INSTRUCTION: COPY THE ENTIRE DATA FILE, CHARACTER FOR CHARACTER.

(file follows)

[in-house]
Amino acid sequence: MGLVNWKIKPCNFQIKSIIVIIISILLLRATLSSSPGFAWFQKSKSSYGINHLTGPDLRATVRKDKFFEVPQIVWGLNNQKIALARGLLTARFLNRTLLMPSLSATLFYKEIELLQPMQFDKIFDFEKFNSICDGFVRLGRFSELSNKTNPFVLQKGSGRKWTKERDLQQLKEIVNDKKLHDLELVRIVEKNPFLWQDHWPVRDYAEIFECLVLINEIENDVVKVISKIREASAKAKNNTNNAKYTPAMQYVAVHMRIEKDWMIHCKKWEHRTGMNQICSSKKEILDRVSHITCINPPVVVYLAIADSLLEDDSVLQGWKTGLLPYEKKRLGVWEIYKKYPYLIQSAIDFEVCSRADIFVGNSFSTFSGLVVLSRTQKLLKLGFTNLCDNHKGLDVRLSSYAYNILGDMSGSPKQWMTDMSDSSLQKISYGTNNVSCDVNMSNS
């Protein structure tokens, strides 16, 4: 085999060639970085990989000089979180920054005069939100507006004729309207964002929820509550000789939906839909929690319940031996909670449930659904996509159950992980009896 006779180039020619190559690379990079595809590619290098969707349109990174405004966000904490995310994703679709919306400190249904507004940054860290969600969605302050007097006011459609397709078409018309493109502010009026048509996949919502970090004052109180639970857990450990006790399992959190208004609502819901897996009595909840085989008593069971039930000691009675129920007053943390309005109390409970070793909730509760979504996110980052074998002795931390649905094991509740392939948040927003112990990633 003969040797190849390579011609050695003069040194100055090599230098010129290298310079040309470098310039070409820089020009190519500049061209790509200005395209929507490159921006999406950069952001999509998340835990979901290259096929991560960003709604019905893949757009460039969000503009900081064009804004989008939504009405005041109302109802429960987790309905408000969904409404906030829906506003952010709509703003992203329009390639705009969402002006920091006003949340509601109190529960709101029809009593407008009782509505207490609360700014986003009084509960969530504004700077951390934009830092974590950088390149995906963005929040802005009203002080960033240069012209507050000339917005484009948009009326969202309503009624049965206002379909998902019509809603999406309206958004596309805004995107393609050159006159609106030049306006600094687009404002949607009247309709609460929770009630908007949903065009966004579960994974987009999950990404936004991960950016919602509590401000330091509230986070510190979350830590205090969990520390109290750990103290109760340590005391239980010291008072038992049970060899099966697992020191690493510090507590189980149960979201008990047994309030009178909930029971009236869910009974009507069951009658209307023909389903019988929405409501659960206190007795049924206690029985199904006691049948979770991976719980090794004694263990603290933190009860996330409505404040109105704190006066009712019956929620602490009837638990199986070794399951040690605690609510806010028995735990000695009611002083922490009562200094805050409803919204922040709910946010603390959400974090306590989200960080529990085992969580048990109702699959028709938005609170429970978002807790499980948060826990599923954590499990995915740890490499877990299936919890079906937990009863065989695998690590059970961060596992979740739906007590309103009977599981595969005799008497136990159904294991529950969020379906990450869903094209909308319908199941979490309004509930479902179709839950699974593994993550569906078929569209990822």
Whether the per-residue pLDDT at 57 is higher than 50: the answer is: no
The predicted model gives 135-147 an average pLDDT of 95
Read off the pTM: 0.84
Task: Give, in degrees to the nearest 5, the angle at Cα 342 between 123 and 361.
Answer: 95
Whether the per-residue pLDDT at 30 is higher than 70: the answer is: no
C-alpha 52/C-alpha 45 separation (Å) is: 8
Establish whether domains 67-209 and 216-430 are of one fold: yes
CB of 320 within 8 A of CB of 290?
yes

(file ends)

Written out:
[in-house]
Amino acid sequence: MGLVNWKIKPCNFQIKSIIVIIISILLLRATLSSSPGFAWFQKSKSSYGINHLTGPDLRATVRKDKFFEVPQIVWGLNNQKIALARGLLTARFLNRTLLMPSLSATLFYKEIELLQPMQFDKIFDFEKFNSICDGFVRLGRFSELSNKTNPFVLQKGSGRKWTKERDLQQLKEIVNDKKLHDLELVRIVEKNPFLWQDHWPVRDYAEIFECLVLINEIENDVVKVISKIREASAKAKNNTNNAKYTPAMQYVAVHMRIEKDWMIHCKKWEHRTGMNQICSSKKEILDRVSHITCINPPVVVYLAIADSLLEDDSVLQGWKTGLLPYEKKRLGVWEIYKKYPYLIQSAIDFEVCSRADIFVGNSFSTFSGLVVLSRTQKLLKLGFTNLCDNHKGLDVRLSSYAYNILGDMSGSPKQWMTDMSDSSLQKISYGTNNVSCDVNMSNS
């Protein structure tokens, strides 16, 4: 085999060639970085990989000089979180920054005069939100507006004729309207964002929820509550000789939906839909929690319940031996909670449930659904996509159950992980009896 006779180039020619190559690379990079595809590619290098969707349109990174405004966000904490995310994703679709919306400190249904507004940054860290969600969605302050007097006011459609397709078409018309493109502010009026048509996949919502970090004052109180639970857990450990006790399992959190208004609502819901897996009595909840085989008593069971039930000691009675129920007053943390309005109390409970070793909730509760979504996110980052074998002795931390649905094991509740392939948040927003112990990633 003969040797190849390579011609050695003069040194100055090599230098010129290298310079040309470098310039070409820089020009190519500049061209790509200005395209929507490159921006999406950069952001999509998340835990979901290259096929991560960003709604019905893949757009460039969000503009900081064009804004989008939504009405005041109302109802429960987790309905408000969904409404906030829906506003952010709509703003992203329009390639705009969402002006920091006003949340509601109190529960709101029809009593407008009782509505207490609360700014986003009084509960969530504004700077951390934009830092974590950088390149995906963005929040802005009203002080960033240069012209507050000339917005484009948009009326969202309503009624049965206002379909998902019509809603999406309206958004596309805004995107393609050159006159609106030049306006600094687009404002949607009247309709609460929770009630908007949903065009966004579960994974987009999950990404936004991960950016919602509590401000330091509230986070510190979350830590205090969990520390109290750990103290109760340590005391239980010291008072038992049970060899099966697992020191690493510090507590189980149960979201008990047994309030009178909930029971009236869910009974009507069951009658209307023909389903019988929405409501659960206190007795049924206690029985199904006691049948979770991976719980090794004694263990603290933190009860996330409505404040109105704190006066009712019956929620602490009837638990199986070794399951040690605690609510806010028995735990000695009611002083922490009562200094805050409803919204922040709910946010603390959400974090306590989200960080529990085992969580048990109702699959028709938005609170429970978002807790499980948060826990599923954590499990995915740890490499877990299936919890079906937990009863065989695998690590059970961060596992979740739906007590309103009977599981595969005799008497136990159904294991529950969020379906990450869903094209909308319908199941979490309004509930479902179709839950699974593994993550569906078929569209990822």
Whether the per-residue pLDDT at 57 is higher than 50: the answer is: no
The predicted model gives 135-147 an average pLDDT of 95
Read off the pTM: 0.84
Task: Give, in degrees to the nearest 5, the angle at Cα 342 between 123 and 361.
Answer: 95
Whether the per-residue pLDDT at 30 is higher than 70: the answer is: no
C-alpha 52/C-alpha 45 separation (Å) is: 8
Establish whether domains 67-209 and 216-430 are of one fold: yes
CB of 320 within 8 A of CB of 290?
yes